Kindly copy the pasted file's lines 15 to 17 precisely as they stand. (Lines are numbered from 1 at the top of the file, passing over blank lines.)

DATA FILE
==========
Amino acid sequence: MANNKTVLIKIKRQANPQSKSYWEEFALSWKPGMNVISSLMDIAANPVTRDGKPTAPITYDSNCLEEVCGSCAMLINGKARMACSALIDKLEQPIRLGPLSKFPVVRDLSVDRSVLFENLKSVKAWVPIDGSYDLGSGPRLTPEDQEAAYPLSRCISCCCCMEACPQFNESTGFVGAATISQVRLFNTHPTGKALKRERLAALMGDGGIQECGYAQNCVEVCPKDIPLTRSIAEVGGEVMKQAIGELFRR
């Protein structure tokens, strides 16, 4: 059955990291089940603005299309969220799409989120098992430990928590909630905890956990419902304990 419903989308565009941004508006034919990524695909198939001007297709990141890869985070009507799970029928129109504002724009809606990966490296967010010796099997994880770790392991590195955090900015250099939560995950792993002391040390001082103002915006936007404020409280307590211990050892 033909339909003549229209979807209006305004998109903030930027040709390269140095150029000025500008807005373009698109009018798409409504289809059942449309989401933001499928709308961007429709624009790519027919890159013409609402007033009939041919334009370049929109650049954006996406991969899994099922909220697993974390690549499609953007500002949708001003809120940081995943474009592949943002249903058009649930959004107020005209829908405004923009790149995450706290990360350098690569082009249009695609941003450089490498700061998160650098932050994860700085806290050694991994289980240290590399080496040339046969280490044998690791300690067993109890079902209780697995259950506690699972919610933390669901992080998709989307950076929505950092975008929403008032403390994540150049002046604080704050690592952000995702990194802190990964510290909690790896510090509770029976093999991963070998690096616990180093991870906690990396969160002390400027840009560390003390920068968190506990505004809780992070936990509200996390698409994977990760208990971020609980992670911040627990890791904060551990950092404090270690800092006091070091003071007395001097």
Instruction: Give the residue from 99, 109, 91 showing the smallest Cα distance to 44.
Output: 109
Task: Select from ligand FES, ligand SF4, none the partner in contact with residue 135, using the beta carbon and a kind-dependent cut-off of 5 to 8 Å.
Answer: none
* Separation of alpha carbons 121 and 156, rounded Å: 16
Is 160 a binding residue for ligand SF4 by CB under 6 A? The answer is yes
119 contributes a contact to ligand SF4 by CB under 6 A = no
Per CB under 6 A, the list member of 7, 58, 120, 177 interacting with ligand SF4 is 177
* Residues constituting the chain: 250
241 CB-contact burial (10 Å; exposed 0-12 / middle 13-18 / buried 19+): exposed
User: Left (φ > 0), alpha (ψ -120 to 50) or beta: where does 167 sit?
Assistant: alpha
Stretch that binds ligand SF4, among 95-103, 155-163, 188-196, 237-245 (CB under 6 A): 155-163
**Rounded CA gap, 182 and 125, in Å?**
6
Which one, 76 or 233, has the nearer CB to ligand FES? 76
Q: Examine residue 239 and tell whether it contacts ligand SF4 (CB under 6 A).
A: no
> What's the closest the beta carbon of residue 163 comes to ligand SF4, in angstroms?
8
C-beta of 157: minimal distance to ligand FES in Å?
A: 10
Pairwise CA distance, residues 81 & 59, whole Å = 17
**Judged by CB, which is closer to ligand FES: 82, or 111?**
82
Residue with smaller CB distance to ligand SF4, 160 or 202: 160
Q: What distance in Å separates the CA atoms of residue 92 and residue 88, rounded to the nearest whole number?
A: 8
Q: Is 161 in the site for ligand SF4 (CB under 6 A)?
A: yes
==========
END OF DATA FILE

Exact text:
Stretch that binds ligand SF4, among 95-103, 155-163, 188-196, 237-245 (CB under 6 A): 155-163
**Rounded CA gap, 182 and 125, in Å?**
6